Monday, March 11, 2019

Case of the Week 535

This week's case is by our awesome dermatopathology fellow and former chief resident, Kabeer Shah. The following was seen in a scraping of a papule from a patient with rosacea. Identification?

Check out the way this little guy moves!

14 comments:

Bernardino Rocha said...

These are follicle mites, Demodex sp. (probably D. folliculorum). They are elongated and vermiform, with 3 body divisions: gnathosoma (anterior end); podosoma (4 pairs of appendages); opisthosoma (posterior rounded end)

Dr. Fernando FariƱas said...

Demodex folliculorum

Anonymous said...

Demodex brevis

-HLCM fan

Anonymous said...

Like my former colleague, I think it's about Demodex brevis.
Luis.

Anonymous said...

Demodex brevis

Idzi P. said...

Demodex sp. (Follicle mite).

Luis said...

Demodex sp

Anonymous said...

For sure a classic case of Demodex sp. I would leave the species identification to a true entomologist.
Florida Fan

Kosta Y. Mumcuoglu said...

Quite sure is a Demodex folliculorum. D. brevis has a V like shape in his posterior part of the body. Living in the sebaceous glands D. brevis can be seen much less often than D. folliculorum which lives in the hair follicles.

BISHAL said...

Demodex

Blaine A. Mathison said...

So many people think they live immaculate lives
but among their hair follicles another creature thrives
you can shower and scrub to your heart's content
but all that effort won't make a dent
because the mite Demodex folliculorum continues to survive

Old One said...

I agree with the other bloggers. The critter is Demodex sp. And I will wait with Florida Fan for a more professional identification.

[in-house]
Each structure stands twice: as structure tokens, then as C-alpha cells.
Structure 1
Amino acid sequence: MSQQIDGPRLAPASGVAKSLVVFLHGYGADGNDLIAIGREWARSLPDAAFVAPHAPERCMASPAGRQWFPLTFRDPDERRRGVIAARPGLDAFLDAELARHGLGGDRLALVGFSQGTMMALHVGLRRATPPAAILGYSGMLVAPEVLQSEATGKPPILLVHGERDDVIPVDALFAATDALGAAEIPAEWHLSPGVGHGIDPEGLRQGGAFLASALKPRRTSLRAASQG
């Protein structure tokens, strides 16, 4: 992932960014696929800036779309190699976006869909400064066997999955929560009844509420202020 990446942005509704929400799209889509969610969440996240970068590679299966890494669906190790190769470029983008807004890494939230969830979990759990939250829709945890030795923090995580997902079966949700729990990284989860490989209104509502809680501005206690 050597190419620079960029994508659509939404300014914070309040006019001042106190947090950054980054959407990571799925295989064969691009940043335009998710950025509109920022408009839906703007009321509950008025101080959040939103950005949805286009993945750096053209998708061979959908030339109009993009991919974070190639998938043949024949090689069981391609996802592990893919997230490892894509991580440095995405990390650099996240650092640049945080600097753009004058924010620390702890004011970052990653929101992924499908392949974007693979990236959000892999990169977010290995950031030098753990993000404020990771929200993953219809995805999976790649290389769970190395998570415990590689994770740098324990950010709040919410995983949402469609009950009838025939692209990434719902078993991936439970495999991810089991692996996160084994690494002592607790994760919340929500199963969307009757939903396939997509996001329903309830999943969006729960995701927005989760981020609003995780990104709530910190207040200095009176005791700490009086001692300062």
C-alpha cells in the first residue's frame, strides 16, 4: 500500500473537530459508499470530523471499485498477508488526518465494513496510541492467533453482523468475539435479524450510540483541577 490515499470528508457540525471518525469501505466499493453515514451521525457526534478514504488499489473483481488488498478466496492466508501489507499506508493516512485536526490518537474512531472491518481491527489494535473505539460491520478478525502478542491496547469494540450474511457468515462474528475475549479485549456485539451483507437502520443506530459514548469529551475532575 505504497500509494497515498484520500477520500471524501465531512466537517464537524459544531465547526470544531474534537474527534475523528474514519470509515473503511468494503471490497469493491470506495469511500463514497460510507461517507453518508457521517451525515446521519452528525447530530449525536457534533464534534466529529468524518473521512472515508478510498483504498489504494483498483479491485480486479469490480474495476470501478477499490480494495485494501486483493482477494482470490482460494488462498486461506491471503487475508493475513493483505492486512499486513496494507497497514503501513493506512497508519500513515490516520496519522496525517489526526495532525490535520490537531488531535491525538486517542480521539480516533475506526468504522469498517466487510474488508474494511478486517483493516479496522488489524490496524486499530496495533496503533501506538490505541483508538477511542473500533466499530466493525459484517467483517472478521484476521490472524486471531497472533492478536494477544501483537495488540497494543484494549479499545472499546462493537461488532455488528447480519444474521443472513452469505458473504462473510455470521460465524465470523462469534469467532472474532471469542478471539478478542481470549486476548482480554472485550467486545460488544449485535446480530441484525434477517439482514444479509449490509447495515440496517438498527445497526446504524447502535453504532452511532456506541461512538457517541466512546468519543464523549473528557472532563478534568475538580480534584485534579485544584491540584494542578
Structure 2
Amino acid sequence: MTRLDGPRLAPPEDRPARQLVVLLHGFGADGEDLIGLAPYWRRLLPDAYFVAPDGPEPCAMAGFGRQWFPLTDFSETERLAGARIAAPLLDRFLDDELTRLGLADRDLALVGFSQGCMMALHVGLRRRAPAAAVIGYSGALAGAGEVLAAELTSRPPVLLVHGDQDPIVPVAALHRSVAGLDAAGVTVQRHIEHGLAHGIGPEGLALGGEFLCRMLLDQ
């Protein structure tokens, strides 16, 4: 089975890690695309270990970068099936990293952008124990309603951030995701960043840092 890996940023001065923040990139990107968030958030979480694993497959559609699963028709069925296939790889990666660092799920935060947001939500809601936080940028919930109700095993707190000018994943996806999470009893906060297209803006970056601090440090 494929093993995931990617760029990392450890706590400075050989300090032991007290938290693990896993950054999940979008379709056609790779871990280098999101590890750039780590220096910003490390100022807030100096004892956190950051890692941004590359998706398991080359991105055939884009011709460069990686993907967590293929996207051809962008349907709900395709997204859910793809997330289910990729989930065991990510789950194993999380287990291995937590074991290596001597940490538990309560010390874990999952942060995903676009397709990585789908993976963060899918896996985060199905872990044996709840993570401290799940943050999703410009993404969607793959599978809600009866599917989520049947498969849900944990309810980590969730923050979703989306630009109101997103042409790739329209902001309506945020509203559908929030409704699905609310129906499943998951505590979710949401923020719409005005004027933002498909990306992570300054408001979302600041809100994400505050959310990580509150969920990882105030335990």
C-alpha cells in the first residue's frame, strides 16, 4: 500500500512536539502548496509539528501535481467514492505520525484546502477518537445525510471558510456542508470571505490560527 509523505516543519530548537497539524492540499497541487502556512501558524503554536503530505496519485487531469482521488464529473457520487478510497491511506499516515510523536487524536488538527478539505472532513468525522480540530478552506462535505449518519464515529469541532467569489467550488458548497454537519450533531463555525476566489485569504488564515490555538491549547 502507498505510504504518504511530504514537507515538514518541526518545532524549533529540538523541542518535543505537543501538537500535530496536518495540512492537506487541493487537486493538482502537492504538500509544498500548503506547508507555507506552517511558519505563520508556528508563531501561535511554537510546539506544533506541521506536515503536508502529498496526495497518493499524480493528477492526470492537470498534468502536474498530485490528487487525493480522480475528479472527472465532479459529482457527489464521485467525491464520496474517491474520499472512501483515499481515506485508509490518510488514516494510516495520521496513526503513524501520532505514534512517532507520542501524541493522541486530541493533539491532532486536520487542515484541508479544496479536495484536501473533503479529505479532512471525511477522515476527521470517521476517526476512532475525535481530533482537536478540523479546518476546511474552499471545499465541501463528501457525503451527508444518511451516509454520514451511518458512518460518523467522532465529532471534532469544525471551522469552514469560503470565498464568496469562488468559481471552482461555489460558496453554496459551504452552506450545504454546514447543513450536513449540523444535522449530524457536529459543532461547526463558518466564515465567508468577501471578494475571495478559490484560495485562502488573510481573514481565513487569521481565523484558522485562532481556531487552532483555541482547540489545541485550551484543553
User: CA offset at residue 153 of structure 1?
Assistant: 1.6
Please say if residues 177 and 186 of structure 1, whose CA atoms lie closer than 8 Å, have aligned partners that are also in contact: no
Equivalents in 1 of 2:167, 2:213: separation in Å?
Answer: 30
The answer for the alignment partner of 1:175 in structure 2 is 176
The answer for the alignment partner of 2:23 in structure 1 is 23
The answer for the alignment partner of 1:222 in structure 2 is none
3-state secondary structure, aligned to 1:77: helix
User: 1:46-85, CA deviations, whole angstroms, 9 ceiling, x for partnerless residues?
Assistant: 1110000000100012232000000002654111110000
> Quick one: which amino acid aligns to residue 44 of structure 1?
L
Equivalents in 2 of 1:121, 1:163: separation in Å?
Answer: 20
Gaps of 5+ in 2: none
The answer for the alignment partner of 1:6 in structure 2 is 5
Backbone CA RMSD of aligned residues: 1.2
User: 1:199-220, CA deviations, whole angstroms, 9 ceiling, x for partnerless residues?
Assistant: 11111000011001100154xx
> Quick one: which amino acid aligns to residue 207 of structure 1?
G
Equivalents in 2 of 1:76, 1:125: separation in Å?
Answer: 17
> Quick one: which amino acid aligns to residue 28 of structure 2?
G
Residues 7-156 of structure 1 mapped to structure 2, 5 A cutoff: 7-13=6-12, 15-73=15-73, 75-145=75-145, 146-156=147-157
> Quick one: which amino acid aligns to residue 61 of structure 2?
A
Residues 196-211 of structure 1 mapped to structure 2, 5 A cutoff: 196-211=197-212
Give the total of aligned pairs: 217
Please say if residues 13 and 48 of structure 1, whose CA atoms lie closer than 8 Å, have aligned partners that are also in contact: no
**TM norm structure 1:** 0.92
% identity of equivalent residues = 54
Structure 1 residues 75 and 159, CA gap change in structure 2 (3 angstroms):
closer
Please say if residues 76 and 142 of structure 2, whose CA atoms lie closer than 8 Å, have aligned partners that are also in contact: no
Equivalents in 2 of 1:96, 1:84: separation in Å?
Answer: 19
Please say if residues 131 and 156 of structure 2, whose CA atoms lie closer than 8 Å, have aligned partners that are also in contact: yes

Demodex has long been considered a very common commensal of humans. We would find high percentages of our students providing a cozy living space for these tiny mites. Giving credence to the thought that it is probably living in just about everyone.

Recently it has been suggested that higher populations of this mite might have a role in developing Rosacea in human patients. One hypothesis is when elevated populations of Demodex die they release bacteria loads which initiate an inflammatory response. It is thought the bacteris is entirely responsible for the reaction not the mite. This might be why there are cases of Rosacea which are refractile to traditional treatment but do respond when Demodedic treatment is added.

Demodex from a veterinary prospective.
There art 65 species of Demodex . All the common domestic animals have their own species. They are host specific capable of only transient cross infectivity.

We normally diagnose with skin scrapings, but have seen them in fecal flotations (along with their rhombus shaped eggs). The Greek derivation of the genus: Dermos = fat, dex= woodworm. I would be less impressed with the translation if it weren’t for the fact that we often see another mite that mimics Demodex and are common in fecals. These mites cause leaf galls in trees.

I have also seen Demodex in modified Knott’s preparations. A lucky blood draw, I guess.

William Sears said...

demodex

Unknown said...

Well said.